Stress isn’t always a bad thing. For example when we train we create an intended stress to the system often resulting in a growth response in resistance training.
However it is important for you to have a basic understanding of the stress response and the difference between chronic stress and some normal lifestyle stresses.
This is your ability to bounce back from a stressful situation or event. If you have a strong resiliency then you are able to cope with stress very well. However continued stressors may effect our resiliency and can therefore make everything seem a lot more stressful than it is. This often can come down to perception is everyday life for example sitting in traffic, if you are already used to firing a stress response then you may perceive this as being stressful. However the reality is that it is just sat in traffic and is just a fact of our everyday life.
So how you perceive certain stresses can have a impact on how these stressors effect you on a physiological level. There is simple tricks such as adding a positive thought always to the end of a negative one. The truth is we all get negative thoughts and positive thoughts that is human, however if you can hold add a positive to a negative and then let that thought pass.. this can actually reduce the effect the stress has on your body. So they key message in this paragraph is PERCEPTION. Understand perception and begin to work on changing it and you may start to feel much better if you are reacting to stressful events that aren’t actually stressful.
You can also bring in some strategies to help manage stress.
This can be some simple mindfulness, a little more time laughing or doing things you love, practicing gratitude, self compassion journalling, maybe some meditation and nlp. There is some interesting research actually showing that even looking at some pictures of nature can help people to feel less stressed. Making sure your nutrition and your lifestyle habits such as sleep, hydration and exercise support you also go a long way for managing stress.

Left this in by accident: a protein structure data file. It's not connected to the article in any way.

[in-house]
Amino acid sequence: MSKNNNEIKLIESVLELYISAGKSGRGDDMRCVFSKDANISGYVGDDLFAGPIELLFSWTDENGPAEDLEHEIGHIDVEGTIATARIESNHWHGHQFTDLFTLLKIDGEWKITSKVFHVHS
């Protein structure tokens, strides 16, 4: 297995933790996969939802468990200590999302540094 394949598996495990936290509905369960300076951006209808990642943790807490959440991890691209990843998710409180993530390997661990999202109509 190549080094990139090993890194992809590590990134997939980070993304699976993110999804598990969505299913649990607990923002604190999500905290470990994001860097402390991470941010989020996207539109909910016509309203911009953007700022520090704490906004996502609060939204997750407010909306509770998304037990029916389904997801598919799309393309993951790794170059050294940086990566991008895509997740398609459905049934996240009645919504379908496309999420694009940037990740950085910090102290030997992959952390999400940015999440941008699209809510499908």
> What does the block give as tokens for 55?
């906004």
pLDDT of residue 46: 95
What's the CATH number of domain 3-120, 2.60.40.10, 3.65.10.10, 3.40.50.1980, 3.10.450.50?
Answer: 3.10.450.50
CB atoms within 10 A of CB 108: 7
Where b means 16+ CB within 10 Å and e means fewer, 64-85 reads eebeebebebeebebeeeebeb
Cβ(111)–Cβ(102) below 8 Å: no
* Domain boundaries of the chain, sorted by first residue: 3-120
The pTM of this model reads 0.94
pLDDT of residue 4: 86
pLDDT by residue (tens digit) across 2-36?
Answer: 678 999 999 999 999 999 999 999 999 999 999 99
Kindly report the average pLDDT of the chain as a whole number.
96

Chronic stress meaning long term high levels of stress with a reduced resiliency (ability to bounce back) is very different and can be caused by many things such as, certain situations, over training, lack of nutrition, sleep, underlying health problems and constant worrying. Chronic stress can therefore begin to effect the body and make it more vulnerable to reacting to little things making your even more stressed. Most things can be treated and often just require some external intervention and guidance to find the route causes and begin to address them. Not to scare monger as that is what im not about, but chronic stress can lead to hormone imbalances and effect your eating behaviors and your body composition so its important to manage stress.
As many of my readers and clients are resistance training individuals looking to optimize their body composition often the course of being highly stressed can be over training. Whilst many argue there is no such thing there in fact is and it is very real. If you are constantly worried, fatigued unable to recover and progress in your training and smashing every body part past your recovery abilities then this may well be the reason for you feeling chronically stressed. Sometimes all that is needed is to back off the volume a little, program smart, train smart and continue making progress and feeling better.